Host an Event Volunteer Join Tickets

Support the plant database you love!

Q. Who is Mr. Smarty Plants?

A: There are those who suspect Wildflower Center volunteers are the culpable and capable culprits. Yet, others think staff members play some, albeit small, role. You can torture us with your plant questions, but we will never reveal the Green Guru's secret identity.

Help us grow by giving to the Plant Database Fund or by becoming a member

Did you know you can access the Native Plant Information Network with your web-enabled smartphone?

Share

Ask Mr. Smarty Plants

Ask Mr. Smarty Plants is a free service provided by the staff and volunteers at the Lady Bird Johnson Wildflower Center.

Search Smarty Plants
See a list of all Smarty Plants questions

Please forgive us, but Mr. Smarty Plants has been overwhelmed by a flood of mail and must take a break for awhile to catch up. We hope to be accepting new questions again soon. Thank you!

Need help with plant identification, visit the plant identification page.

 
rate this answer
Not Yet Rated

Thursday - November 06, 2014

From: Wallingford, PA
Region: Mid-Atlantic
Topic: Grasses or Grass-like
Title: Overwintering Juncus spiralis in a Container in PA
Answered by: Anne Van Nest

QUESTION:

I have been growing a Juncus 'Spiralis' in a self-watering container on my zone 7 patio in Pennsylvania happily all summer. I have read that this plant is native and should survive outdoors over the winter. However I am concerned about keeping it adequately watered as the water in the reservoir of the container will freeze. Do you have any ideas or tips on how best to prepare this plant for winter?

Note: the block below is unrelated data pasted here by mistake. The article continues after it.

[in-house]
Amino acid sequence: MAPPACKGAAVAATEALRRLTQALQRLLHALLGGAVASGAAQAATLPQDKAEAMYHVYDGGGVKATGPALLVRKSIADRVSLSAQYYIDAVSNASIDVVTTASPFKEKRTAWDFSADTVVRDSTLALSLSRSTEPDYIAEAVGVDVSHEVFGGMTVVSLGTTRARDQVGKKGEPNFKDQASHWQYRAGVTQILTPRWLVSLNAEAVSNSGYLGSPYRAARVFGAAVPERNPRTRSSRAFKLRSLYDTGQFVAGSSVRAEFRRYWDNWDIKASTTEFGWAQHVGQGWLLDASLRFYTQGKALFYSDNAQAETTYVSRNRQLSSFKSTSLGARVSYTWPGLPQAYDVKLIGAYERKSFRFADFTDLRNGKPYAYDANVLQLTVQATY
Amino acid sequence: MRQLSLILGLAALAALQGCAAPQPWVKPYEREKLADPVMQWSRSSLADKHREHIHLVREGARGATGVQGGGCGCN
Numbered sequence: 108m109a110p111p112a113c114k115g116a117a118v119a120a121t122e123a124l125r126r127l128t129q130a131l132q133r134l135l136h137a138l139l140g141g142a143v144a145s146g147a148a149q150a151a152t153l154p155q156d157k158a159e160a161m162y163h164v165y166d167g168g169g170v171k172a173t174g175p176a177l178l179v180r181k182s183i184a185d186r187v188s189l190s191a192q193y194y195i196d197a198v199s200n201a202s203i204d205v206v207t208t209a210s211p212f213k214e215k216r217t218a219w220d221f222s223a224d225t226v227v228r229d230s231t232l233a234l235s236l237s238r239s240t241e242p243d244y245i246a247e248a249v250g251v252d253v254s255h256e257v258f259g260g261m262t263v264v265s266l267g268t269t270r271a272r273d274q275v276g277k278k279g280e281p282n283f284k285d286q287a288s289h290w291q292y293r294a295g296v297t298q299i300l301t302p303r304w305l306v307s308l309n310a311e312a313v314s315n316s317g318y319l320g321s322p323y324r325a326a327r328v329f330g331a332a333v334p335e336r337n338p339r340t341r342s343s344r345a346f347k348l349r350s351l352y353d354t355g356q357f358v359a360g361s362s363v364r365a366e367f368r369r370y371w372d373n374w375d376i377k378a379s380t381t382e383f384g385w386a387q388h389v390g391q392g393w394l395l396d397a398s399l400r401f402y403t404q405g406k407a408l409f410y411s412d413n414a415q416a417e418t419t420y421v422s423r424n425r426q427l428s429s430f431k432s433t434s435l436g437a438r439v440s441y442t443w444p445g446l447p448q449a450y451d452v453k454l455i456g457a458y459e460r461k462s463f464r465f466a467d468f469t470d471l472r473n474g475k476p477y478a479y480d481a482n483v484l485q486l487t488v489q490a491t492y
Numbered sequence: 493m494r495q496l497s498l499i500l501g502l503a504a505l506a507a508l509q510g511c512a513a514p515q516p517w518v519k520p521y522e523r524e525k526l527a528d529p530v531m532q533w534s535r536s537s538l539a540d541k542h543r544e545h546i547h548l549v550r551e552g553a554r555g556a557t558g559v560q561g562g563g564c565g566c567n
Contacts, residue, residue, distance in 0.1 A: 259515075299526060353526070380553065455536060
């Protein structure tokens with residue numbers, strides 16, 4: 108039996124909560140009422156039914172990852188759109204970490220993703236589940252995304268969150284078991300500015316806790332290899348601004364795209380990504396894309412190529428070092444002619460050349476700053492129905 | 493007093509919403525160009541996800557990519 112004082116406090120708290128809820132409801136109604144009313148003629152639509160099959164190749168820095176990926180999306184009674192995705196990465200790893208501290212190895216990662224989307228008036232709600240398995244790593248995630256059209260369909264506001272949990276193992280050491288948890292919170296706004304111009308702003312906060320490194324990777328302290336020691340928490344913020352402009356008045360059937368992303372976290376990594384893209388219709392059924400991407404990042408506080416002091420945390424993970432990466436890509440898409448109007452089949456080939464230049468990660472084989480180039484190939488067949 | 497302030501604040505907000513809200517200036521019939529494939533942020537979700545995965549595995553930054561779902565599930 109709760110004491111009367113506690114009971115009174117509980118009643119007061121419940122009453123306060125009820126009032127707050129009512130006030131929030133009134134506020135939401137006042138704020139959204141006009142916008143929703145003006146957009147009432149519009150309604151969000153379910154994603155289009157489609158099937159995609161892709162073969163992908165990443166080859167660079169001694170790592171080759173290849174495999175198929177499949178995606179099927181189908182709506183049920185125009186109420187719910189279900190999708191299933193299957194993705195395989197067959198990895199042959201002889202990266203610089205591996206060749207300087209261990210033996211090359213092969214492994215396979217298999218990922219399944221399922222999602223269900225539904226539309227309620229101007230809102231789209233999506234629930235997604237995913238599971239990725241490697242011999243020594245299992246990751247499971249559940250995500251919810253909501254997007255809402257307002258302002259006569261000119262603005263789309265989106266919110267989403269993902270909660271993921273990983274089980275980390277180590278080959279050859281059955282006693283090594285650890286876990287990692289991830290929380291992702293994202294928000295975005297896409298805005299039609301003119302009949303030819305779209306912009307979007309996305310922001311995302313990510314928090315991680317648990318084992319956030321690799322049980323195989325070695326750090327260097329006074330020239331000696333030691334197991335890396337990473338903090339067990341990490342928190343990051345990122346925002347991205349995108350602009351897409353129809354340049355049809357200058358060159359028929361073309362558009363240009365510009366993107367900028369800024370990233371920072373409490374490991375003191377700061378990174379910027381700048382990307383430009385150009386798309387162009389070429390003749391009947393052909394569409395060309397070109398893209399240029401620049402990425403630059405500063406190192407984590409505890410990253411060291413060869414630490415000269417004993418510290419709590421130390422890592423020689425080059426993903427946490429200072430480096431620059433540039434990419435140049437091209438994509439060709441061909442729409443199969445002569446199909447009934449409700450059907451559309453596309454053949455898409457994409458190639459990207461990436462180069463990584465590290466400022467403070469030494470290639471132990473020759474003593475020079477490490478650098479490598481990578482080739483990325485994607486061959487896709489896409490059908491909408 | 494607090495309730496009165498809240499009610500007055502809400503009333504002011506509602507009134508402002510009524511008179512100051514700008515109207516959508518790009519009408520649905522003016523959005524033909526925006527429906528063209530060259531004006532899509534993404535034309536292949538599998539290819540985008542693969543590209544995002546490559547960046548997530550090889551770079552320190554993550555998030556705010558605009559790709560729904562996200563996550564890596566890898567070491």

ANSWER:

Juncus 'Spiralis' is a cultivar of Juncus effusus (corkscrew rush) which is native to east and SE Texas.

It is noted on the wikipedia website that Juncus 'Spiralis' has distinctive leafless, green coiled stems may turn yellow-brown or tan over the winter and that the plant is hardy to USDA zone 4 or higher.

Previously, Barbara Medford answered a somewhat related question about overwintering Juncus 'Spiralis' in NY.

Your plant should go dormant this winter and you can remove it from your container and overwinter it in the garden. Simply plant it in a handy spot and water it well. Keep it watered if the soil does dry out during the winter. Once spring arrives, you can dig it up and put it back in the self-watering container and move it to your patio. If you would like to leave it in the garden, the best spot is a moist, boggy site.

 

From the Image Gallery


Common rush
Juncus effusus

More Grasses or Grass-like Questions

Buffalograss (Bouteloua dactyloides) for horse pastures
February 04, 2008 - Can Buffalo Grass be used for browse for horse pastures?
view the full question and answer

Evergreen native plants for slope in South Carolina
July 14, 2008 - We would like to plant an evergreen garden in our backyard, which is on a slope. It receives the sun from approx 9-4. We have an above ground pool, and patio area. Would also like a recommendation of ...
view the full question and answer

Native plants to make houses for sale more attractive
November 03, 2006 - I could use your suggestions: I have 2 small houses in Dallas which I am trying to sell, and would like to beautify -- with plants. Currently there are no shrubs or groundcover or trees -- nor anyo...
view the full question and answer

What's invading my bermuda grass?
June 11, 2013 - Our grass is being totally overrun by this weed.(I don't know what the name is identify it by the description. It is in Bermuda grass and the only way to describe the weed is to say it looks like big...
view the full question and answer

Cause of yellowing buffalo grass (Bouteloua dactyloides)
June 07, 2008 - We are getting large yellow areas in our buffalo grass lawn and think this is probably due to grub worms. Are grub worms the likely culprit and if so, what is the best way to get rid of them? We don...
view the full question and answer

Support the Wildflower Center by Donating Online or Becoming a Member today.